Contents (Volume 7A). List of Contributors. Preface (E.E. Bittar and N. Bittar). Model Membrane Systems (T. Madden). Lipid-Bilayer Heterogeneity (K. Jorgensen, I. Ipsen, and O.G. Mouritsen). Lipid-Protein Interactions in Biological Membranes (P. Burn and B. Carbonare). Lipid Modifications of Proteins and its Relevance to Protein Targeting (P. Zlatkine and A. Magee). The Influence of Dietary Fat on Membranes (M.T. Clandinin). Membrane Fusion and Exocytosis (C. Creutz). Endoxytosis (T. Wileman). Signal Peptides (M.O. Lively). Proteolysis in Protein Import and Export (M. Muller). Membrane Traffic and Sorting (S. Rothman). Molecular Genetics and Evolution of Voltage Gated Channels (L. Salkoff and T. Jegla). Molecular Biology of Voltage-Gated Ionic Channels: Structure Function Relationships (D. Gordon). Ligand-Gated Ion Channels in Vertebrates (N. Eshhar).
Contents (Volume 7B). List of Contributors. Preface (E.E. Bittar and N. Bittar). Mechano-Sensitive Channels (C.E. Morris). Patch Clamping Methods and Analysis of Ion Channels (N.B. Standen, N.W. Davies, and P.R. Stanfield). Functional Expression of Ionic Channels and Membrane Transporters in Xenopus Oocytes (S.M. Jarvis). The Plasma Membrane as A Transducer and Amplifier (D.A. Severson and M.D. Hollenberg). G-Protein Couples Receptors and Hormone Secretion (G.J. Law, M. Rupnik, R. Zorec, P.M. Lledo, and W.T. Mason). The Role of ras in Signal Transduction (A. Hall). The Polyphosphoinositide Signaling System (A.A. Abdel-Latif). Other Lipids as Second Messengers (Y.A. Hannun). The Role of Intracellular Calcium as a Regulatory System (J.R. Dedman and M.A. Kaetzel). The Role of Guanylyl Cyclases as Signal Transducing Enzymes (D. Koesling). Stimulus-Response Coupling in Secretory Cells (O.H. Petersen). Cell INteractions with Extracellular Matrices (L.A. Culp, K.L. O'Connor, and S.D. Walker). Intercellular Communication (W.H. Evans). Index.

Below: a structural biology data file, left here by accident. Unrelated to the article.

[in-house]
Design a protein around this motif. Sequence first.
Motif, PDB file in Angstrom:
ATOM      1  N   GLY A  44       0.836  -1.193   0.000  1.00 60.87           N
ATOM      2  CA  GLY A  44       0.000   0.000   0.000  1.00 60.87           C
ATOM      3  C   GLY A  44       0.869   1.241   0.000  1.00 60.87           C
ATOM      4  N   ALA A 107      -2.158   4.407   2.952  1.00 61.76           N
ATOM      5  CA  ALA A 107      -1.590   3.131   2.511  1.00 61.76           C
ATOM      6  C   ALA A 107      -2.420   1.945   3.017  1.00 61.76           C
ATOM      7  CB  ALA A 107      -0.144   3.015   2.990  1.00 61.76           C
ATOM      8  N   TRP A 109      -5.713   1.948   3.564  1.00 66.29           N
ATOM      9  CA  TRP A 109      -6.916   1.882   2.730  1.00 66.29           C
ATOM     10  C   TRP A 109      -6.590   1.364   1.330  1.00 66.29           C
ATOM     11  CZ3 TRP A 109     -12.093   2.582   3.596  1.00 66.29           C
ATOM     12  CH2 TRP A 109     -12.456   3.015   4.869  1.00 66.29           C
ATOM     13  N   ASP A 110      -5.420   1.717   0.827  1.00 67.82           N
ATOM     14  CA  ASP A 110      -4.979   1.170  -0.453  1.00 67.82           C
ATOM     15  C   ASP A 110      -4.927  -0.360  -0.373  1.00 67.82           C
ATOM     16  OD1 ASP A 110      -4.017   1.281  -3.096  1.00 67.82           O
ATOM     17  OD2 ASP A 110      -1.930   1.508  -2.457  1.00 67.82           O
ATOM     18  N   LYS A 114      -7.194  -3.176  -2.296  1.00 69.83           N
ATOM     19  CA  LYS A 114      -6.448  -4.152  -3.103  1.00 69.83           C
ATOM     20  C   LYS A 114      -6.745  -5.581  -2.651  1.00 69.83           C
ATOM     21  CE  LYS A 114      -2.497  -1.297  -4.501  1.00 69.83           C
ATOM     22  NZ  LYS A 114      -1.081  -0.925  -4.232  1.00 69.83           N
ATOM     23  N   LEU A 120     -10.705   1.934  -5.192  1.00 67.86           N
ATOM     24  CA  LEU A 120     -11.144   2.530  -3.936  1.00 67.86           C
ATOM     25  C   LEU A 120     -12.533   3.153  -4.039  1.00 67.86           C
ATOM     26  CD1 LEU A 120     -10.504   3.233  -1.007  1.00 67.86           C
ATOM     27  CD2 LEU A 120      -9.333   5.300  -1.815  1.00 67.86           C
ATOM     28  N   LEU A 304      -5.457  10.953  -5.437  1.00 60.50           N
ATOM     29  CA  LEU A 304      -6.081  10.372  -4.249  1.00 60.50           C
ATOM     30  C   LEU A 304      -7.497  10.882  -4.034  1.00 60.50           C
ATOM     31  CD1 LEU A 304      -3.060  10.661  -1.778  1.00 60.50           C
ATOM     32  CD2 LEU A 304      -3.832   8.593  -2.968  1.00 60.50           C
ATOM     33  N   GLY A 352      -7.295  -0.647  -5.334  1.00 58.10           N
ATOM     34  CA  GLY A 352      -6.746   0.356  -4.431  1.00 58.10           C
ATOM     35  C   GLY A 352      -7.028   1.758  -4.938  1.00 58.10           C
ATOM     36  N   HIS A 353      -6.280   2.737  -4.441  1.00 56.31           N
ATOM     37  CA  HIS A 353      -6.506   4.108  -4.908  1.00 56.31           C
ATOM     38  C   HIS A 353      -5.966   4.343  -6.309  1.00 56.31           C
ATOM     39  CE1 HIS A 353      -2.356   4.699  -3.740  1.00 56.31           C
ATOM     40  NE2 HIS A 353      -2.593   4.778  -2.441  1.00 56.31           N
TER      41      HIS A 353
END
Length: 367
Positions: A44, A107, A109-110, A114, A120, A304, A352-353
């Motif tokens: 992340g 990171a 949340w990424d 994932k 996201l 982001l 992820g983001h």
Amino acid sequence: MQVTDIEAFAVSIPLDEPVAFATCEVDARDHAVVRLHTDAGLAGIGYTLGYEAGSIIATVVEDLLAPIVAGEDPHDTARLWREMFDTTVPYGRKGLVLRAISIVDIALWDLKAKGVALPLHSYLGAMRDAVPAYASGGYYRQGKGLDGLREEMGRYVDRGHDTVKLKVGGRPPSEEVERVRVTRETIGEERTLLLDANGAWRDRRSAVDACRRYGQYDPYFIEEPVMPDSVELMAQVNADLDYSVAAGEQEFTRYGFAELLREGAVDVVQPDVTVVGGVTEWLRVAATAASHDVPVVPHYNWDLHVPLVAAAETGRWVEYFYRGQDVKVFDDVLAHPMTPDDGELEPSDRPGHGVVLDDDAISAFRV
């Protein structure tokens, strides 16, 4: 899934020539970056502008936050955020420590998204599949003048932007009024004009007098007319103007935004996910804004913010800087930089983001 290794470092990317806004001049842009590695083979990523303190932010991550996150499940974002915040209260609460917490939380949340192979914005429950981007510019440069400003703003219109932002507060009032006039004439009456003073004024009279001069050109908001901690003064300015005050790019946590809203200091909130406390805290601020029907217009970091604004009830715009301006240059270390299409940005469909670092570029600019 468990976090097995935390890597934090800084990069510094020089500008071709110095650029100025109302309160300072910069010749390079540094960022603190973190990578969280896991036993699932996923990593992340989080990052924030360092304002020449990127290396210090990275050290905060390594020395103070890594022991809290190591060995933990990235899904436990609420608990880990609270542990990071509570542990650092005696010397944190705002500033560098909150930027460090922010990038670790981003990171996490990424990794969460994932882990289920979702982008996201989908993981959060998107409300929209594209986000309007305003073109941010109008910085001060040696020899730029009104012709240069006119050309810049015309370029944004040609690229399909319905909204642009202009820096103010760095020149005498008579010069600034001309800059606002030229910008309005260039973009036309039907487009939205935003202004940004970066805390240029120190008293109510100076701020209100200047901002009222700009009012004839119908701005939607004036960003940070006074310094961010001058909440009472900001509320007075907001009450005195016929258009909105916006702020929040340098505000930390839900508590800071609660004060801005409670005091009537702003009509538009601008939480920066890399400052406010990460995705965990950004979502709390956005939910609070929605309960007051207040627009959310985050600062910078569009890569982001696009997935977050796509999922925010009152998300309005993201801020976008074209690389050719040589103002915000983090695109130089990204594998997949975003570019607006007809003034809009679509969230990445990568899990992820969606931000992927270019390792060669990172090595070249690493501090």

It should not come as too much of a surprise that biological membranes are considerably more complex than lipid bilayers. This has been made quite clear by the fluid-mosaic model which considers the cell membrane as a two-dimensional solution of a mosaic of integral membrane proteins and glycoproteins firmly embedded in a fluid lipid bilayer matrix. Such a model has several virtues, chief among which is that it allows membrane components to diffuse in the plane of the membrane and orient asymmetrically across the membrane. The model is also remarkable since it provokes the right sort of questions. Two such examples are: Does membrane fluidity influence enzyme activity? Does cholesterol regulate fluidity? However, it does not go far enough. As it turns out, there is now another version of this model, the so-called post-fluid mosaic model which incorporates two concepts, namely the existence in the membrane of discrete domains in which specific lipid-lipid, lipid-protein and protein-protein interactions occur and ordered regions that are in motion but remain separate from less ordered regions. We must admit that both are intriguing problems and of importance in guiding our thinking as to what the next model might be. We have chosen not to include the subject of membrane transport in the present volume. This obviously represents a break with convention. However, the intention is to have the topic covered subsequent volumes relating to organ systems. It would be right to regard this as an attempt to strengthen the integrated approach to the teaching of medicine.
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- © Elsevier Science 1997
- 12th May 1997
- Elsevier Science
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Department of Physiology, University of Wisconsin Medical School, Madison, USA